MILWAUKEE — Twins third baseman Josh Donaldson will miss at least 10 days with a strained right hamstring. He’s hopeful it won’t be any longer than that.
The Twins placed Donaldson on the injured list on Saturday, retroactive to April 2, after he injured himself running the bases during Thursday’s opener. Brent Rooker was recalled from the taxi squad to take Donaldson’s place on the roster.
Donaldson's injury came while rounding first on a double in his first at-bat of the season. Though he stayed in for the rest of the half inning, the Twins removed him from the game immediately after that, before he even had a chance to play in the field.
“When it hit me, I was like, ‘Oh, what was that?’ kind of ordeal,” Donaldson said. “I haven’t really felt anything in my hamstring like that before, and then as I kept running, it loosened up to where I was like ‘OK, maybe it’s nothing.’”
But the Twins weren’t taking any chances. Manager Rocco Baldelli made the decision to remove him from the game immediately. Donaldson came to the park on the Twins’ off day on Friday for a couple hours, and he was encouraged by how he felt on Friday and again on Saturday.
He has been doing some electrical stimulation as well as some isometric work to see where his hamstring is with encouraging results. He got an upper-body lift in on Saturday as well as some throwing on the field. On Sunday, he’s hopeful that he’ll be able to start hitting in the cage, get in a lower-body workout and start doing plyo movement. If all goes well — and the weather in Detroit, where the Twins head next, is alright — he hopes to start getting on the field and doing some running.
“The telltale sign is going to be when I start to run and sprint,” Donaldson said. “That’s kind of where we’re at with that. I feel good about where it’s at right now. But at the end of the day we’re going to have to see where it goes when I’m running. I’m trying to stay as positive as I can with that.”
Donaldson missed half of last year’s shortened season — plus the playoffs — with an injured calf. He has a history of calf issues and as a result, the Twins were planning on easing him into action this season.
Donaldson remained healthy throughout the spring and felt like he was locked in at the plate when he was forced off the field again.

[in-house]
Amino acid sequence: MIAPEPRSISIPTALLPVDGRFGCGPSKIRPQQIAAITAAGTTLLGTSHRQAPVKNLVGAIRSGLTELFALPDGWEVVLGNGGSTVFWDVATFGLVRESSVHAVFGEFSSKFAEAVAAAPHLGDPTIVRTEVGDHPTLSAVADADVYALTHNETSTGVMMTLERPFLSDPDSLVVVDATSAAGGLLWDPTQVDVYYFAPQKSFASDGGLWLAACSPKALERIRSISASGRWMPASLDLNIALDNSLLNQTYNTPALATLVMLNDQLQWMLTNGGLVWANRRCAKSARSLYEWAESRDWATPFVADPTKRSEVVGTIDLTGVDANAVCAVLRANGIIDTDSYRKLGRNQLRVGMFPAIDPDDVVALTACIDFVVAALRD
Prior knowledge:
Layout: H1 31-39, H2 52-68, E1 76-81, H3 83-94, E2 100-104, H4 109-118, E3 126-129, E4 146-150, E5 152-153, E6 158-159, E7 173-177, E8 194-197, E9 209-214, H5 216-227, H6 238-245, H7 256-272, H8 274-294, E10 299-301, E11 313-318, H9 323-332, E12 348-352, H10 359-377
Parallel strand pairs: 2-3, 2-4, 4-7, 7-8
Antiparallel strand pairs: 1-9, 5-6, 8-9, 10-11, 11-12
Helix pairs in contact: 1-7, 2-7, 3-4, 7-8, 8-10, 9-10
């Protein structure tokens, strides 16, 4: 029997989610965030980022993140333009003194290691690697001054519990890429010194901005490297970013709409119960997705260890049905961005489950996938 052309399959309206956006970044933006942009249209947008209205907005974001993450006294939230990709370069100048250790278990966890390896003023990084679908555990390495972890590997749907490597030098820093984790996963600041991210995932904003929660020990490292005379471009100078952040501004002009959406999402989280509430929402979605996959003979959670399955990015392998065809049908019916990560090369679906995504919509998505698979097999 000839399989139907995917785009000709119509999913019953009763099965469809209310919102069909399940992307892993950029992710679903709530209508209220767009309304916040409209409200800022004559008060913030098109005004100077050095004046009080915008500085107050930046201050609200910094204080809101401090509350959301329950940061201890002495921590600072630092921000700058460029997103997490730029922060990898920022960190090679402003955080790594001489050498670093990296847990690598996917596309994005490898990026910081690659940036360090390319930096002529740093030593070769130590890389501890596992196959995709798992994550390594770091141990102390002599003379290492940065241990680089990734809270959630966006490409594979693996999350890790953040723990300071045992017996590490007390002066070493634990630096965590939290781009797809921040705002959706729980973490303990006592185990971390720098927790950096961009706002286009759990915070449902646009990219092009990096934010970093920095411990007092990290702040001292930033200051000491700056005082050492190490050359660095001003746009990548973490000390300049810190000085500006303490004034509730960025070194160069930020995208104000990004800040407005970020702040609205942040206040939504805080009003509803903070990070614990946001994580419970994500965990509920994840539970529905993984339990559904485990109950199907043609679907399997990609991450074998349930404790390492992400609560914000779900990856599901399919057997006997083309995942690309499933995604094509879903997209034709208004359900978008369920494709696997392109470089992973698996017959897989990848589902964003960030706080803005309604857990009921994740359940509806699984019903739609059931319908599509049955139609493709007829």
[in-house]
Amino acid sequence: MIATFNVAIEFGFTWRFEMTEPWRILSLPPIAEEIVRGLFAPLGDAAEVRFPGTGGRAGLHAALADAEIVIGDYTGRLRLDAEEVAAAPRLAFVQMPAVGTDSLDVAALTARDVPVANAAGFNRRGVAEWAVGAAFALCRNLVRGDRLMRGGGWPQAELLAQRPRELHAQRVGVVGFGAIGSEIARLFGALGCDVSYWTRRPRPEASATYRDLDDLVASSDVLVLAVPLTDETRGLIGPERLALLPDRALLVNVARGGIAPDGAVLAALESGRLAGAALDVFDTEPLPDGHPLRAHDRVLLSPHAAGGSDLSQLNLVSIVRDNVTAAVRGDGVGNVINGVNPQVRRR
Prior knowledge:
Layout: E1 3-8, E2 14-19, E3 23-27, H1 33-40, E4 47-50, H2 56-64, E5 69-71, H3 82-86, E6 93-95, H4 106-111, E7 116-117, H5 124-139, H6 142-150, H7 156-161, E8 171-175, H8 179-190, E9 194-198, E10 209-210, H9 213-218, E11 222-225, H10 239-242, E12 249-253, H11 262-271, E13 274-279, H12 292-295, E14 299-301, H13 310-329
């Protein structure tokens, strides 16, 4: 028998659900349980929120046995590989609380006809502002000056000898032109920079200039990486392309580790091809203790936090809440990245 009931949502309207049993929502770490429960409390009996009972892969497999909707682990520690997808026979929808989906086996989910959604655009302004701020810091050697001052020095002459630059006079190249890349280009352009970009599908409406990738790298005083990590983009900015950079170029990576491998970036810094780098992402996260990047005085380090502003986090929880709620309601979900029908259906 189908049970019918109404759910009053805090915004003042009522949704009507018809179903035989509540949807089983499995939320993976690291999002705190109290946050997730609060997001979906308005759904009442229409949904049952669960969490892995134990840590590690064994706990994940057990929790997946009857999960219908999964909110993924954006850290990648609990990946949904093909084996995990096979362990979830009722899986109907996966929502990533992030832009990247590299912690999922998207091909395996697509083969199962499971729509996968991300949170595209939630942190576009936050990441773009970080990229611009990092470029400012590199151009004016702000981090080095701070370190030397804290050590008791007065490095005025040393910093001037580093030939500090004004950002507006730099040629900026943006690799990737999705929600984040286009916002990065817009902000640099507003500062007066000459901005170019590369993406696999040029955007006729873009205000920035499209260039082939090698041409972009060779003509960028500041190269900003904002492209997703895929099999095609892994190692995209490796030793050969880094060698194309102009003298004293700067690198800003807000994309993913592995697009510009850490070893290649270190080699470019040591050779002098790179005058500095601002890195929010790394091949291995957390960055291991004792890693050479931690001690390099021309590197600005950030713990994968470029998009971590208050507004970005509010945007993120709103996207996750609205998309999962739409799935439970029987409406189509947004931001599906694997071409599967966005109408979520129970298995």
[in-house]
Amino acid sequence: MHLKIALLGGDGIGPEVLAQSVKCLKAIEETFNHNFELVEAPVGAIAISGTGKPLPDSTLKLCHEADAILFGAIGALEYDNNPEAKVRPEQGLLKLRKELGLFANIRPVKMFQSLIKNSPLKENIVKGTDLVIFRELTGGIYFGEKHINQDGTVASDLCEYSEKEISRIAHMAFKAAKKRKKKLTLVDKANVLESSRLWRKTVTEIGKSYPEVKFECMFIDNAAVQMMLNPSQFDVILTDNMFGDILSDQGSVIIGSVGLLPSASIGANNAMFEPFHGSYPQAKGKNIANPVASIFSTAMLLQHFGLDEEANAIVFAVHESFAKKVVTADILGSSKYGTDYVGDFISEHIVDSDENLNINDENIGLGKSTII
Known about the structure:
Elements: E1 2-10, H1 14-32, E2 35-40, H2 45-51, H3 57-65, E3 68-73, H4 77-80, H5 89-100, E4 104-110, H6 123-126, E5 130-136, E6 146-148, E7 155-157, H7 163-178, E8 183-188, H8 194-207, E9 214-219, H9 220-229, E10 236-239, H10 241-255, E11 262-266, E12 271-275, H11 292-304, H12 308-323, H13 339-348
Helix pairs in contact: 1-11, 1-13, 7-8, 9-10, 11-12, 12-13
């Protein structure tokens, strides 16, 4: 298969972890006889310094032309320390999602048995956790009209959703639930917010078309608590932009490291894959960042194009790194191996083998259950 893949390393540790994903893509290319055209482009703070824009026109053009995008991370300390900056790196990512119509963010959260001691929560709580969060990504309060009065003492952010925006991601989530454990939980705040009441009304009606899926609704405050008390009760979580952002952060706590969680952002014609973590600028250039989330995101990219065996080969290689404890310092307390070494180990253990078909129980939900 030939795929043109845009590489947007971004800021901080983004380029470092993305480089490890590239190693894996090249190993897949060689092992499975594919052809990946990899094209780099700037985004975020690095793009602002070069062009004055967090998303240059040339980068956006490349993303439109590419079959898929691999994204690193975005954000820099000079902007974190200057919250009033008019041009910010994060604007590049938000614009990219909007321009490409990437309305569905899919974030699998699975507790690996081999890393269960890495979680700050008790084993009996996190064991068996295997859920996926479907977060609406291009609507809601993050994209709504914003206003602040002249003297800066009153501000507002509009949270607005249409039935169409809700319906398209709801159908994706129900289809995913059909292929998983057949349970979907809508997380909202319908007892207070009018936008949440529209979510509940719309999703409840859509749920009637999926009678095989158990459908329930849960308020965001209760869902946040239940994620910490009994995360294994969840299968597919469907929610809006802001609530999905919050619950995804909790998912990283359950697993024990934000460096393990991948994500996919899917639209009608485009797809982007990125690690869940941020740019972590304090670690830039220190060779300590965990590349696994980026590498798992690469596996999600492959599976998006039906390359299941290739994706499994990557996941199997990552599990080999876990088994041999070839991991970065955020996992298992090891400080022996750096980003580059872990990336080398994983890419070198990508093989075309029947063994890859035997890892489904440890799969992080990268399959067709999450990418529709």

“Part of the frustrating part is my swing, from spring training you could probably see it, that’s as dialed in early on as I’ve felt in a long time,” he said. “For me to have this and in my first at-bat get 99 and be able to turn it around into the gap, obviously it kind of shows you what I was feeling at the plate.”
In his absence, Luis Arraez will likely see the bulk of the time at third base, though Baldelli said Miguel Sano could slide over to third base and Willians Astudillo could also see playing time there.
Twins talk ASG
Baldelli said Saturday he was happy to see Major League Baseball take a stance after the league moved the upcoming All-Star Game out of Atlanta in response to a new Georgia voting law that some believe will make it hard for citizens — especially those of color — to vote.
“I don’t think it’s meant to be a straight political move. I think it’s MLB trying to do what they believe is right,” Baldelli said. “… I will say that looking at it, there does appear to be a big difference between making sure voter rolls are up to date, and what’s in this law. And Major League Baseball obviously felt the same way in making this call. This is something that appears to be aimed at accomplishing certain things, and those things don’t just appear to be holding free and fair elections. I will leave it at that right now.”
Byron Buxton, a Georgia resident, said he would prefer not to comment until he knew a little bit more about what was going on.
The league has not announced where it will move the game, though Milwaukee Mayor Tom Barrett has publicly pitched American Family Field as an alternative, especially as the league pays tribute to the late Hank Aaron, who played in both Milwaukee and Atlanta.